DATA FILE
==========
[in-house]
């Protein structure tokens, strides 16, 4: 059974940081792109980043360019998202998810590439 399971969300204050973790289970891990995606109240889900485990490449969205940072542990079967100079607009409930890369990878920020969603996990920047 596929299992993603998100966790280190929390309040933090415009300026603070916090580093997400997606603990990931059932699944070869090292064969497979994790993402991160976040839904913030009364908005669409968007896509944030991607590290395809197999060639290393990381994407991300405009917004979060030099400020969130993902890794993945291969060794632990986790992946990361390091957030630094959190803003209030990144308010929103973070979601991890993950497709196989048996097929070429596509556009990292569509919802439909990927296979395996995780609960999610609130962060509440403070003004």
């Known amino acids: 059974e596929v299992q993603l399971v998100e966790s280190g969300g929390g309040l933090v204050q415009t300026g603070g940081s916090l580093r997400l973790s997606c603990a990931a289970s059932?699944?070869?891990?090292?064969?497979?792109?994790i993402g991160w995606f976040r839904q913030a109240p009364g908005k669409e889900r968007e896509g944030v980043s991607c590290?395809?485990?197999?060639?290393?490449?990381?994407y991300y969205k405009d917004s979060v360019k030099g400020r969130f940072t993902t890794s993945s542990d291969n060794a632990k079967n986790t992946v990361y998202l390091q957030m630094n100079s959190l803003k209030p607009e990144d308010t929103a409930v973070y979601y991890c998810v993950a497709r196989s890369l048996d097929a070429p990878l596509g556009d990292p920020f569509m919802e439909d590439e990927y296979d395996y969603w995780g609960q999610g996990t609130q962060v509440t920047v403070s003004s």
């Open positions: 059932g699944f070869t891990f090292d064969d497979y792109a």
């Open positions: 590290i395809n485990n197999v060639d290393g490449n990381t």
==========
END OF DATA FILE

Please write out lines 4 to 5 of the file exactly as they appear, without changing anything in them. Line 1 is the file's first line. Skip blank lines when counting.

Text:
């Open positions: 059932g699944f070869t891990f090292d064969d497979y792109a």
């Open positions: 590290i395809n485990n197999v060639d290393g490449n990381t």